• While the first period was sloppy at times and the finish could’ve been cleaner, this was a good effort overall coming out of the break, especially knowing the team was never going to be at its sharpest execution-wise. They were opportunistic in the first period before dominating the second frame and playing a good third with the lead up until the 4-2 Nashville goal. It wasn’t a perfect 60-minute effort, but there were enough sustained spells of the kind of up-tempo, possession-positive, offensively-threatening Keefe hockey we were accustomed to prior to the recent dip, backed by a cleaner effort in their own zone in protecting the critical areas of the ice and — at least from the second-period onward — denying the defensive blue line more successfully/aggressively.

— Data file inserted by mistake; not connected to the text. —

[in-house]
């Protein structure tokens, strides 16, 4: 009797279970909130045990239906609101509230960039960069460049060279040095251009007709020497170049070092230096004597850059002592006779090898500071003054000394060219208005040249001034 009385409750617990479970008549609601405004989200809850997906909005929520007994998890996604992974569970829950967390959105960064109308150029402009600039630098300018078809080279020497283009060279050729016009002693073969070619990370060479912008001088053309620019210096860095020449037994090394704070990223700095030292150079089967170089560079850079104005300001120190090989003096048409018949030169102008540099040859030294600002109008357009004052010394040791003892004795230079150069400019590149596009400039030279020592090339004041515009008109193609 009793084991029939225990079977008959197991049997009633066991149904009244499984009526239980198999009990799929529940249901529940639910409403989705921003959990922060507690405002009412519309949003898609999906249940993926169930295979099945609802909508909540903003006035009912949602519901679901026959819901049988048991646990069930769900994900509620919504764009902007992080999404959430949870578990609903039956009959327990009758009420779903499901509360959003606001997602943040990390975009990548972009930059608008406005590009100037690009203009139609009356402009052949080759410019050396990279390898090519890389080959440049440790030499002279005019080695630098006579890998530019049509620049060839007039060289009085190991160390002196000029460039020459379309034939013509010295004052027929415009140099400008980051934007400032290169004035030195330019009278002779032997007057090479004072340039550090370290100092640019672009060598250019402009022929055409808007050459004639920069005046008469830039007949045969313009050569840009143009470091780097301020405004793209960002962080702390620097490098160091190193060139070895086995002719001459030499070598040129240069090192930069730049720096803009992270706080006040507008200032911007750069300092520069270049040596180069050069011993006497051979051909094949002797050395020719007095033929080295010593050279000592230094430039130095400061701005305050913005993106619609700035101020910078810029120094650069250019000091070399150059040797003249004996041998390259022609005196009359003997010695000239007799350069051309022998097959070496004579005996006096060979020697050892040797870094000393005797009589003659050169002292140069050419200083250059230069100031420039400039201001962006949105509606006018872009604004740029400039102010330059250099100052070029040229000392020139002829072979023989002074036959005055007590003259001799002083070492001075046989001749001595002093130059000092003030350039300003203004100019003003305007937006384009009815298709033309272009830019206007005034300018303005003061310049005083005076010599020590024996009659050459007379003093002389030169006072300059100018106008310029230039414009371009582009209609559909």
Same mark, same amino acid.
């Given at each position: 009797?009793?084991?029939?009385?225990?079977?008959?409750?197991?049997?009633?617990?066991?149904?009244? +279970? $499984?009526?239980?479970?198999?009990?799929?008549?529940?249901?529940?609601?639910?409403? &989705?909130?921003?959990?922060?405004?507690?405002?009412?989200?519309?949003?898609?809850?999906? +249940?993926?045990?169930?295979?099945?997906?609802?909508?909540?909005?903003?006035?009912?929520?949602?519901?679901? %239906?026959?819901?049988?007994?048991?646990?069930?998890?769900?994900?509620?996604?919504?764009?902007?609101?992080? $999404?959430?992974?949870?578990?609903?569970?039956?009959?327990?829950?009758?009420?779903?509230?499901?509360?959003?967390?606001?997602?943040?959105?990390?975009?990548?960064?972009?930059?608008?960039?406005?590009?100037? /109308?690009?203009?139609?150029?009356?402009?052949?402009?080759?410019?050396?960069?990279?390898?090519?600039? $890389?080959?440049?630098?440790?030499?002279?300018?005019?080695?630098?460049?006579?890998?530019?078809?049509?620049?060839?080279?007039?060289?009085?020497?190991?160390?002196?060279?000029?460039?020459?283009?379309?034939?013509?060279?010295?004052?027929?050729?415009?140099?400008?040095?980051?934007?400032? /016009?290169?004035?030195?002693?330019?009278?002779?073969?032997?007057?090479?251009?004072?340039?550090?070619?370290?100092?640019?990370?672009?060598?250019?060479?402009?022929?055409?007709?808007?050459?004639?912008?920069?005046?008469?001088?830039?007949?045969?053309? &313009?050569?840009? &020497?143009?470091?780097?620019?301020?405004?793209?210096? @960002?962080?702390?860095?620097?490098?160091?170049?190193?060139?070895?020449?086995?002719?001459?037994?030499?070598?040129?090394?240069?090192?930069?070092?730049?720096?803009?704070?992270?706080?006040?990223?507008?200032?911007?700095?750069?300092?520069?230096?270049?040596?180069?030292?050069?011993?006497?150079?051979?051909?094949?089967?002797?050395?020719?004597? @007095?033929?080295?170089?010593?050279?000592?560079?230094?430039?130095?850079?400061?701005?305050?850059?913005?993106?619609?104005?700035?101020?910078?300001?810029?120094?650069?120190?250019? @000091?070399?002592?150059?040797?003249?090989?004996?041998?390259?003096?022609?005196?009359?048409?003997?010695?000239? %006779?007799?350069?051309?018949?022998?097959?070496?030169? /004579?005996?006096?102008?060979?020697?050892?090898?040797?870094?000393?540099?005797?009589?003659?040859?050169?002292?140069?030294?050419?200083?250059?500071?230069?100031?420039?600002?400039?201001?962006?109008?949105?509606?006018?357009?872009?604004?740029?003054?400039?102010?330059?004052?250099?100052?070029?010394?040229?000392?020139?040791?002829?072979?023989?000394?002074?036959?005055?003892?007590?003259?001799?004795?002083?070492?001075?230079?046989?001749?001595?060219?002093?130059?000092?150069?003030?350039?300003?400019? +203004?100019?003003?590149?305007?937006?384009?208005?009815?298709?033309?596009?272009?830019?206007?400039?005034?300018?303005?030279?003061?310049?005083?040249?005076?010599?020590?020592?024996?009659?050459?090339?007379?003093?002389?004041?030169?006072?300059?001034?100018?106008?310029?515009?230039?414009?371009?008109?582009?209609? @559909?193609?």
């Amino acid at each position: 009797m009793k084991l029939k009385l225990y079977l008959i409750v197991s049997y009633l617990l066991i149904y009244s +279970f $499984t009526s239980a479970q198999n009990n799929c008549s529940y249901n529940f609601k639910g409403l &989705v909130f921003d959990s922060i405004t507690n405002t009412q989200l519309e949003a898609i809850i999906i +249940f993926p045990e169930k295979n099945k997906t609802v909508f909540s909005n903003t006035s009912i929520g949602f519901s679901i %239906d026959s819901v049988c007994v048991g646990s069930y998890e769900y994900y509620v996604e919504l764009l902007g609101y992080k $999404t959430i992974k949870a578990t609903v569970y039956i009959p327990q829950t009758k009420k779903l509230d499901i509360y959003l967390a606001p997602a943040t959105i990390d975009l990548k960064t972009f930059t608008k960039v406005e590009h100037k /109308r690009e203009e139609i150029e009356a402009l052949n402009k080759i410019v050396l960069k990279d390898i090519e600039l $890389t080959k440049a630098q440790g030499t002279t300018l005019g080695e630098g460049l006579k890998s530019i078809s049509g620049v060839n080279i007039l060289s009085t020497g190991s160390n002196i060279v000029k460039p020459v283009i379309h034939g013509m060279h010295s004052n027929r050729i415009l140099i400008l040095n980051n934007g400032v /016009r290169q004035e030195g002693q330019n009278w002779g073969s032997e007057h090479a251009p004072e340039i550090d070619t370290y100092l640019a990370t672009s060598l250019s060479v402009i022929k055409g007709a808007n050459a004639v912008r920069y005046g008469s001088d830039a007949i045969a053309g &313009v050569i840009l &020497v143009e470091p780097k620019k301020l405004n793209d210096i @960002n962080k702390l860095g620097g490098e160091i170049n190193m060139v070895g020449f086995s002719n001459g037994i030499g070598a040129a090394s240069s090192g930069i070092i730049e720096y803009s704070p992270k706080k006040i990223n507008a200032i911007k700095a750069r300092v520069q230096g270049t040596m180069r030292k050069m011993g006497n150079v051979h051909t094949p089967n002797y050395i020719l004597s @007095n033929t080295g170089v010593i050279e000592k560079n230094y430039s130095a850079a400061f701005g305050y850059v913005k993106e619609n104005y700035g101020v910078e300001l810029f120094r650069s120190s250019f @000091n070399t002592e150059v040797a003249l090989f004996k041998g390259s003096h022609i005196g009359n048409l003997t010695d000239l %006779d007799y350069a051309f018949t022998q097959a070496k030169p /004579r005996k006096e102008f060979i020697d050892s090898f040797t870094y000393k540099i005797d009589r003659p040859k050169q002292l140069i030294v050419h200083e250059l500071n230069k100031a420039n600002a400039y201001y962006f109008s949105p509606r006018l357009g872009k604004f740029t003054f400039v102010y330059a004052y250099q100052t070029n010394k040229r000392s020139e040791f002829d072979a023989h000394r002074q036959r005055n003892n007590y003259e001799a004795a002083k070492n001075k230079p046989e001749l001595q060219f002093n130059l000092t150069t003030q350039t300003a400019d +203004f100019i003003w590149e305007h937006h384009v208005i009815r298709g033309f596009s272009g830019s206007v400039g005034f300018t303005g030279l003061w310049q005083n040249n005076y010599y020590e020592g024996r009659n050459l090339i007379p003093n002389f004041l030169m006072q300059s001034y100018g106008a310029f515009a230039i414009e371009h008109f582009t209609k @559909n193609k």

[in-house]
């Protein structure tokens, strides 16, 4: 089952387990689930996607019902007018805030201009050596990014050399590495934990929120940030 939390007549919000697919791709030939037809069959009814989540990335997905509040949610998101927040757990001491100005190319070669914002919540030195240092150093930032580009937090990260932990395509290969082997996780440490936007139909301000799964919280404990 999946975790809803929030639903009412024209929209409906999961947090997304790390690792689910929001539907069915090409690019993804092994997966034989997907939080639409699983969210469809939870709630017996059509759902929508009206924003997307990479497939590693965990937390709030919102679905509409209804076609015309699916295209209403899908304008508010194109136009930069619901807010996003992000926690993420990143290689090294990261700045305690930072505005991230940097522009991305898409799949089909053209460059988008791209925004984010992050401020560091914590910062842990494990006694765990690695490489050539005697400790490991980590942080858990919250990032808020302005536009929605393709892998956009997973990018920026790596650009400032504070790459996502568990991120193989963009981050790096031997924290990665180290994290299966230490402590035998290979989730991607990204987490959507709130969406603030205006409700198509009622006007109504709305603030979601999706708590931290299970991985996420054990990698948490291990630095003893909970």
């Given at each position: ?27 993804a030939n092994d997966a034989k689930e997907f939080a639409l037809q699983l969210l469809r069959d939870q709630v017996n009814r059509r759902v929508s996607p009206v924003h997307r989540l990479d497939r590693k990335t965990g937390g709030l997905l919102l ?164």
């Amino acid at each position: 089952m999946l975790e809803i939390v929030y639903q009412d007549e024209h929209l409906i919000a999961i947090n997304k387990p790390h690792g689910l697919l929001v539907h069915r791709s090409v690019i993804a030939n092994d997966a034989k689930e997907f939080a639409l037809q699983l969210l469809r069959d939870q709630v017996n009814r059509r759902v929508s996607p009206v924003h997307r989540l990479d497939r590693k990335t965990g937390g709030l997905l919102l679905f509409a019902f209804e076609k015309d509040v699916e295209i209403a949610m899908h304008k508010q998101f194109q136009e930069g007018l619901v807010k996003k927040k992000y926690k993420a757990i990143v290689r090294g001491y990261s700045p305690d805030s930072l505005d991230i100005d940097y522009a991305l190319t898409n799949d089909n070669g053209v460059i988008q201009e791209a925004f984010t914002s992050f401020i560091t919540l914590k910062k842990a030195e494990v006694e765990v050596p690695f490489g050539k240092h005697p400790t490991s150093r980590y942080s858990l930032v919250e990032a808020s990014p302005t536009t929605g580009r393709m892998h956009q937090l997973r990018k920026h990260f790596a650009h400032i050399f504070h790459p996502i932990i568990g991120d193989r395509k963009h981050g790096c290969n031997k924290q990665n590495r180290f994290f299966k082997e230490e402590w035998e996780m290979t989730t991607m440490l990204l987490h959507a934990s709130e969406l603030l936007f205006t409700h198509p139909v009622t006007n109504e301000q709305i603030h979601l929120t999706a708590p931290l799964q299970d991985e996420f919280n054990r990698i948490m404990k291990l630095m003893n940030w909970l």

• Rasmus Sandin was among the Leafs’ best players on the backend, showing off his patience with the puck all night long, making heads-up plays at both ends of the ice, and potting his first career NHL goal. Playing alongside Cody Ceci, the duo combined for an impressive 64.29 CF%, 62.50 FF%, a 76.84 xGF%, a 73.33 SCF%, and a 77.78 HDCF% at even strength. With this being his 10th NHL game of the season, the first year of his now entry-level deal kicks in and he will become an RFA after the 2021-22 season. The Leafs shouldn’t be concerned about ELC seasons as much as the RFA window; knowing Morgan Rielly will return before the end of the season, Sandin likely won’t play in the 30+ games required to make that a consideration (40 GP are needed to accrue a season for free agency purposes) — although who knows if Sandin keep this up, especially knowing there are going to be no shortage of important games down the stretch.